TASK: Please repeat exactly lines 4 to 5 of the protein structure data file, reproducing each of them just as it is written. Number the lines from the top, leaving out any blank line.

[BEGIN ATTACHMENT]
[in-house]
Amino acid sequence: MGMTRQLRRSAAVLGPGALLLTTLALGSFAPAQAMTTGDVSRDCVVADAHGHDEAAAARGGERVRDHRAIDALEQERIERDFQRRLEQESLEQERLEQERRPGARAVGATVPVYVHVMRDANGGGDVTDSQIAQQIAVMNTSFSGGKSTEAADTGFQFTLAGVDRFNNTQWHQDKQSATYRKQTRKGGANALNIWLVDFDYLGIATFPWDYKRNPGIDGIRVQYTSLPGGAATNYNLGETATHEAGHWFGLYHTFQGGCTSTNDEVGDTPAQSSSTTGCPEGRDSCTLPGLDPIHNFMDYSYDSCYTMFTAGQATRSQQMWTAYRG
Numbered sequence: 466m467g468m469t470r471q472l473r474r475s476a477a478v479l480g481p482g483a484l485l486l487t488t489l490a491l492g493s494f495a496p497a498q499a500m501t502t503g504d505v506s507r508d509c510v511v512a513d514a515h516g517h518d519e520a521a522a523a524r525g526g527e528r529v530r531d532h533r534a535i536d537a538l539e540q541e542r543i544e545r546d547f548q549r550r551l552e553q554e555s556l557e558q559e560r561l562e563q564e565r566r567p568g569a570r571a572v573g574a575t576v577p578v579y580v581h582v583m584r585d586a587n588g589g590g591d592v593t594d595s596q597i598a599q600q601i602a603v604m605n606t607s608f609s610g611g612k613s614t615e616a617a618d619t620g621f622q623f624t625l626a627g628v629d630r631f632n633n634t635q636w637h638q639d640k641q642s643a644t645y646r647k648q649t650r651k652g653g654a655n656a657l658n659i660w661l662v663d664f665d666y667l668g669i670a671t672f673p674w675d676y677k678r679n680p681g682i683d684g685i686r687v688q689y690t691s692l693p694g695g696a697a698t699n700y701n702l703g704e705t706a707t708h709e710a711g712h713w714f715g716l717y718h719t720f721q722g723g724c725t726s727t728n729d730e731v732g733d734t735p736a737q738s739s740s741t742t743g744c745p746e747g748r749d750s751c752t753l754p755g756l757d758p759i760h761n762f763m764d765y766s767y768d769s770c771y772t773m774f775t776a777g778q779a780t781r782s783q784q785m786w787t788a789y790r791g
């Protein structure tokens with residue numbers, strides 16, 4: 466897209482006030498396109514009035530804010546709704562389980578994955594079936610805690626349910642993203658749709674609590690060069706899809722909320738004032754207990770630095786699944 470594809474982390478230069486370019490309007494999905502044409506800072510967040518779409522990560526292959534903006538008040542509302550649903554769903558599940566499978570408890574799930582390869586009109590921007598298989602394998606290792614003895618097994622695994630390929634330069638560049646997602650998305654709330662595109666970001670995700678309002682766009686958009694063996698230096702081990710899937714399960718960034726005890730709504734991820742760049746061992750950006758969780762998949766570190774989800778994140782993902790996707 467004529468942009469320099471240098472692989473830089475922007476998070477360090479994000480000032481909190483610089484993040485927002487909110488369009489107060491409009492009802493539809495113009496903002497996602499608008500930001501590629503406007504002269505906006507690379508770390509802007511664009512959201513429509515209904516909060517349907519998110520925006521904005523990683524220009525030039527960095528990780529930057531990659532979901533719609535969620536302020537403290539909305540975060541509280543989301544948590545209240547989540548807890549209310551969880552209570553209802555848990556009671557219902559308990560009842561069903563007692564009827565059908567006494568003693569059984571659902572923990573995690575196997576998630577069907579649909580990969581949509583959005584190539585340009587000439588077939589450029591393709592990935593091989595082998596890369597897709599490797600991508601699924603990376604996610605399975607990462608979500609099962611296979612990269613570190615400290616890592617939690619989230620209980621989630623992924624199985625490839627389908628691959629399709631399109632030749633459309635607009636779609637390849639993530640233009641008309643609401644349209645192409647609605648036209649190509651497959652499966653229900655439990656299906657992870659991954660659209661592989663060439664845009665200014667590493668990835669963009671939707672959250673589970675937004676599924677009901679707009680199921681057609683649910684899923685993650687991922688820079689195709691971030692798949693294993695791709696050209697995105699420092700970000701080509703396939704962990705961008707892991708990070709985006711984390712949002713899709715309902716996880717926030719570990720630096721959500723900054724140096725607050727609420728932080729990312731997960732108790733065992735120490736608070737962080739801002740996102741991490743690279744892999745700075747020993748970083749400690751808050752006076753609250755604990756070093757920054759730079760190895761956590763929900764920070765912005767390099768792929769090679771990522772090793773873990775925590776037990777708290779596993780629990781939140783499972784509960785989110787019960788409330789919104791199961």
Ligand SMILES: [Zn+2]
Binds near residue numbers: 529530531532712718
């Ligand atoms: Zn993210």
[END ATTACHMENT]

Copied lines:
């Protein structure tokens with residue numbers, strides 16, 4: 466897209482006030498396109514009035530804010546709704562389980578994955594079936610805690626349910642993203658749709674609590690060069706899809722909320738004032754207990770630095786699944 470594809474982390478230069486370019490309007494999905502044409506800072510967040518779409522990560526292959534903006538008040542509302550649903554769903558599940566499978570408890574799930582390869586009109590921007598298989602394998606290792614003895618097994622695994630390929634330069638560049646997602650998305654709330662595109666970001670995700678309002682766009686958009694063996698230096702081990710899937714399960718960034726005890730709504734991820742760049746061992750950006758969780762998949766570190774989800778994140782993902790996707 467004529468942009469320099471240098472692989473830089475922007476998070477360090479994000480000032481909190483610089484993040485927002487909110488369009489107060491409009492009802493539809495113009496903002497996602499608008500930001501590629503406007504002269505906006507690379508770390509802007511664009512959201513429509515209904516909060517349907519998110520925006521904005523990683524220009525030039527960095528990780529930057531990659532979901533719609535969620536302020537403290539909305540975060541509280543989301544948590545209240547989540548807890549209310551969880552209570553209802555848990556009671557219902559308990560009842561069903563007692564009827565059908567006494568003693569059984571659902572923990573995690575196997576998630577069907579649909580990969581949509583959005584190539585340009587000439588077939589450029591393709592990935593091989595082998596890369597897709599490797600991508601699924603990376604996610605399975607990462608979500609099962611296979612990269613570190615400290616890592617939690619989230620209980621989630623992924624199985625490839627389908628691959629399709631399109632030749633459309635607009636779609637390849639993530640233009641008309643609401644349209645192409647609605648036209649190509651497959652499966653229900655439990656299906657992870659991954660659209661592989663060439664845009665200014667590493668990835669963009671939707672959250673589970675937004676599924677009901679707009680199921681057609683649910684899923685993650687991922688820079689195709691971030692798949693294993695791709696050209697995105699420092700970000701080509703396939704962990705961008707892991708990070709985006711984390712949002713899709715309902716996880717926030719570990720630096721959500723900054724140096725607050727609420728932080729990312731997960732108790733065992735120490736608070737962080739801002740996102741991490743690279744892999745700075747020993748970083749400690751808050752006076753609250755604990756070093757920054759730079760190895761956590763929900764920070765912005767390099768792929769090679771990522772090793773873990775925590776037990777708290779596993780629990781939140783499972784509960785989110787019960788409330789919104791199961």
Ligand SMILES: [Zn+2]